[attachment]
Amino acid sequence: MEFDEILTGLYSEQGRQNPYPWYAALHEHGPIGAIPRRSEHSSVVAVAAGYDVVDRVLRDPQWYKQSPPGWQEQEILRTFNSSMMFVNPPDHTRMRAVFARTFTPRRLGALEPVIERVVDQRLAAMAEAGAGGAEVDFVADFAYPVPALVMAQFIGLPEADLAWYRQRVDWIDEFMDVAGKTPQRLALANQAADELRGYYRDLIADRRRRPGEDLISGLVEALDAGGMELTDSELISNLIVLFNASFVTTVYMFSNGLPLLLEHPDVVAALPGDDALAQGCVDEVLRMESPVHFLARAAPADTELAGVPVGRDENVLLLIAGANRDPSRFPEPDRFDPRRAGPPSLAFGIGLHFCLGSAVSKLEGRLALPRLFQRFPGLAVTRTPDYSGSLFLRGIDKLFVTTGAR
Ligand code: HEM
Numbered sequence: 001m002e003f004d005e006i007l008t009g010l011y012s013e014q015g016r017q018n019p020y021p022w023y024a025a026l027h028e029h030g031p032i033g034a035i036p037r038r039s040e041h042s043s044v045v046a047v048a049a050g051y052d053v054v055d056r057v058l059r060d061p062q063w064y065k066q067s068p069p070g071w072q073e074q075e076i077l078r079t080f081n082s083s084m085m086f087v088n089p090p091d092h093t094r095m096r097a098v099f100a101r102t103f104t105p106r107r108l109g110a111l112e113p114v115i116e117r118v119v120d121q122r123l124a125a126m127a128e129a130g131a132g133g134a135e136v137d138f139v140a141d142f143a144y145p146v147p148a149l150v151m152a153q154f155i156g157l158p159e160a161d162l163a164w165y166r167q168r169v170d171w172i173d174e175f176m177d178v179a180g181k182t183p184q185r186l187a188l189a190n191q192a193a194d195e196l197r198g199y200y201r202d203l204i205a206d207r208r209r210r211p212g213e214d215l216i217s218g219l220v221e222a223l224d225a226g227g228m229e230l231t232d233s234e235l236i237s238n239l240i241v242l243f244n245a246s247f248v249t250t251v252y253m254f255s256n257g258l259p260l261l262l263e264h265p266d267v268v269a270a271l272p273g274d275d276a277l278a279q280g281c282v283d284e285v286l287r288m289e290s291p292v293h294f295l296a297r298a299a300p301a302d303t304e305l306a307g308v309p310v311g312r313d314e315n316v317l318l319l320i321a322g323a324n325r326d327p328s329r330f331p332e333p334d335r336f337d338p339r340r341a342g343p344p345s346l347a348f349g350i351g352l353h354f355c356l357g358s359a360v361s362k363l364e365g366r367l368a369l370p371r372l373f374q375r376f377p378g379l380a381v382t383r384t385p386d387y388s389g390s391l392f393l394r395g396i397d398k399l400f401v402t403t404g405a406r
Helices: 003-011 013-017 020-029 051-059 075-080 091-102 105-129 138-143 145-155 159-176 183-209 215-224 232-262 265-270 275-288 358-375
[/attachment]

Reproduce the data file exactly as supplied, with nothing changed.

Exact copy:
Amino acid sequence: MEFDEILTGLYSEQGRQNPYPWYAALHEHGPIGAIPRRSEHSSVVAVAAGYDVVDRVLRDPQWYKQSPPGWQEQEILRTFNSSMMFVNPPDHTRMRAVFARTFTPRRLGALEPVIERVVDQRLAAMAEAGAGGAEVDFVADFAYPVPALVMAQFIGLPEADLAWYRQRVDWIDEFMDVAGKTPQRLALANQAADELRGYYRDLIADRRRRPGEDLISGLVEALDAGGMELTDSELISNLIVLFNASFVTTVYMFSNGLPLLLEHPDVVAALPGDDALAQGCVDEVLRMESPVHFLARAAPADTELAGVPVGRDENVLLLIAGANRDPSRFPEPDRFDPRRAGPPSLAFGIGLHFCLGSAVSKLEGRLALPRLFQRFPGLAVTRTPDYSGSLFLRGIDKLFVTTGAR
Ligand code: HEM
Numbered sequence: 001m002e003f004d005e006i007l008t009g010l011y012s013e014q015g016r017q018n019p020y021p022w023y024a025a026l027h028e029h030g031p032i033g034a035i036p037r038r039s040e041h042s043s044v045v046a047v048a049a050g051y052d053v054v055d056r057v058l059r060d061p062q063w064y065k066q067s068p069p070g071w072q073e074q075e076i077l078r079t080f081n082s083s084m085m086f087v088n089p090p091d092h093t094r095m096r097a098v099f100a101r102t103f104t105p106r107r108l109g110a111l112e113p114v115i116e117r118v119v120d121q122r123l124a125a126m127a128e129a130g131a132g133g134a135e136v137d138f139v140a141d142f143a144y145p146v147p148a149l150v151m152a153q154f155i156g157l158p159e160a161d162l163a164w165y166r167q168r169v170d171w172i173d174e175f176m177d178v179a180g181k182t183p184q185r186l187a188l189a190n191q192a193a194d195e196l197r198g199y200y201r202d203l204i205a206d207r208r209r210r211p212g213e214d215l216i217s218g219l220v221e222a223l224d225a226g227g228m229e230l231t232d233s234e235l236i237s238n239l240i241v242l243f244n245a246s247f248v249t250t251v252y253m254f255s256n257g258l259p260l261l262l263e264h265p266d267v268v269a270a271l272p273g274d275d276a277l278a279q280g281c282v283d284e285v286l287r288m289e290s291p292v293h294f295l296a297r298a299a300p301a302d303t304e305l306a307g308v309p310v311g312r313d314e315n316v317l318l319l320i321a322g323a324n325r326d327p328s329r330f331p332e333p334d335r336f337d338p339r340r341a342g343p344p345s346l347a348f349g350i351g352l353h354f355c356l357g358s359a360v361s362k363l364e365g366r367l368a369l370p371r372l373f374q375r376f377p378g379l380a381v382t383r384t385p386d387y388s389g390s391l392f393l394r395g396i397d398k399l400f401v402t403t404g405a406r
Helices: 003-011 013-017 020-029 051-059 075-080 091-102 105-129 138-143 145-155 159-176 183-209 215-224 232-262 265-270 275-288 358-375